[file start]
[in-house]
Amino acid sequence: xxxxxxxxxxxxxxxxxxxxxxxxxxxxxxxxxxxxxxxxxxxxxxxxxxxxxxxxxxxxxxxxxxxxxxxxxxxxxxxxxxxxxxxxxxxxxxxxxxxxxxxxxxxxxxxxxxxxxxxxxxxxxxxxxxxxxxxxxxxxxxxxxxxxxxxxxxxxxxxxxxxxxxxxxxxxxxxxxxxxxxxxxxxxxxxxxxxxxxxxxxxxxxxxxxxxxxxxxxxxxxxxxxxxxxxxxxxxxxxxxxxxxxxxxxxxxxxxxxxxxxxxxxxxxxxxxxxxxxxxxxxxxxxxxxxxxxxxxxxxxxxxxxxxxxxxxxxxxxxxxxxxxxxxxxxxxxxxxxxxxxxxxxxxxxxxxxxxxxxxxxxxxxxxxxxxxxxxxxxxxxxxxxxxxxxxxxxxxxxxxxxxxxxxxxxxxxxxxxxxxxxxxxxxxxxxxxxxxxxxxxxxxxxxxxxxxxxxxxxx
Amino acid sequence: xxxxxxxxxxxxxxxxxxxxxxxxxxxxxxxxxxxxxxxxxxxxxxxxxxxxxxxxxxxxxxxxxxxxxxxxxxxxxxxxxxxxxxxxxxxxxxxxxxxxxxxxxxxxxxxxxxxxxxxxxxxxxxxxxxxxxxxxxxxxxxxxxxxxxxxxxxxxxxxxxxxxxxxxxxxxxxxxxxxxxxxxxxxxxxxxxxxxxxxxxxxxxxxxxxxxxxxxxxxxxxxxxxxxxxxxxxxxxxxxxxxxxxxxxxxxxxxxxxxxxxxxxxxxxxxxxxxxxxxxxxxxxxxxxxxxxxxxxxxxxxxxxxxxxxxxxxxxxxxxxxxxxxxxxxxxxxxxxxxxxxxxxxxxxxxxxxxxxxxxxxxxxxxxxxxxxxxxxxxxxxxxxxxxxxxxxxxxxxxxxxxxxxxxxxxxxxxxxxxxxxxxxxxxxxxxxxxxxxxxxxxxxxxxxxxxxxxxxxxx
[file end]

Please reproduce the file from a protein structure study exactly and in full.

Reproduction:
[in-house]
Amino acid sequence: xxxxxxxxxxxxxxxxxxxxxxxxxxxxxxxxxxxxxxxxxxxxxxxxxxxxxxxxxxxxxxxxxxxxxxxxxxxxxxxxxxxxxxxxxxxxxxxxxxxxxxxxxxxxxxxxxxxxxxxxxxxxxxxxxxxxxxxxxxxxxxxxxxxxxxxxxxxxxxxxxxxxxxxxxxxxxxxxxxxxxxxxxxxxxxxxxxxxxxxxxxxxxxxxxxxxxxxxxxxxxxxxxxxxxxxxxxxxxxxxxxxxxxxxxxxxxxxxxxxxxxxxxxxxxxxxxxxxxxxxxxxxxxxxxxxxxxxxxxxxxxxxxxxxxxxxxxxxxxxxxxxxxxxxxxxxxxxxxxxxxxxxxxxxxxxxxxxxxxxxxxxxxxxxxxxxxxxxxxxxxxxxxxxxxxxxxxxxxxxxxxxxxxxxxxxxxxxxxxxxxxxxxxxxxxxxxxxxxxxxxxxxxxxxxxxxxxxxxxxx
Amino acid sequence: xxxxxxxxxxxxxxxxxxxxxxxxxxxxxxxxxxxxxxxxxxxxxxxxxxxxxxxxxxxxxxxxxxxxxxxxxxxxxxxxxxxxxxxxxxxxxxxxxxxxxxxxxxxxxxxxxxxxxxxxxxxxxxxxxxxxxxxxxxxxxxxxxxxxxxxxxxxxxxxxxxxxxxxxxxxxxxxxxxxxxxxxxxxxxxxxxxxxxxxxxxxxxxxxxxxxxxxxxxxxxxxxxxxxxxxxxxxxxxxxxxxxxxxxxxxxxxxxxxxxxxxxxxxxxxxxxxxxxxxxxxxxxxxxxxxxxxxxxxxxxxxxxxxxxxxxxxxxxxxxxxxxxxxxxxxxxxxxxxxxxxxxxxxxxxxxxxxxxxxxxxxxxxxxxxxxxxxxxxxxxxxxxxxxxxxxxxxxxxxxxxxxxxxxxxxxxxxxxxxxxxxxxxxxxxxxxxxxxxxxxxxxxxxxxxxxxxxxxxxx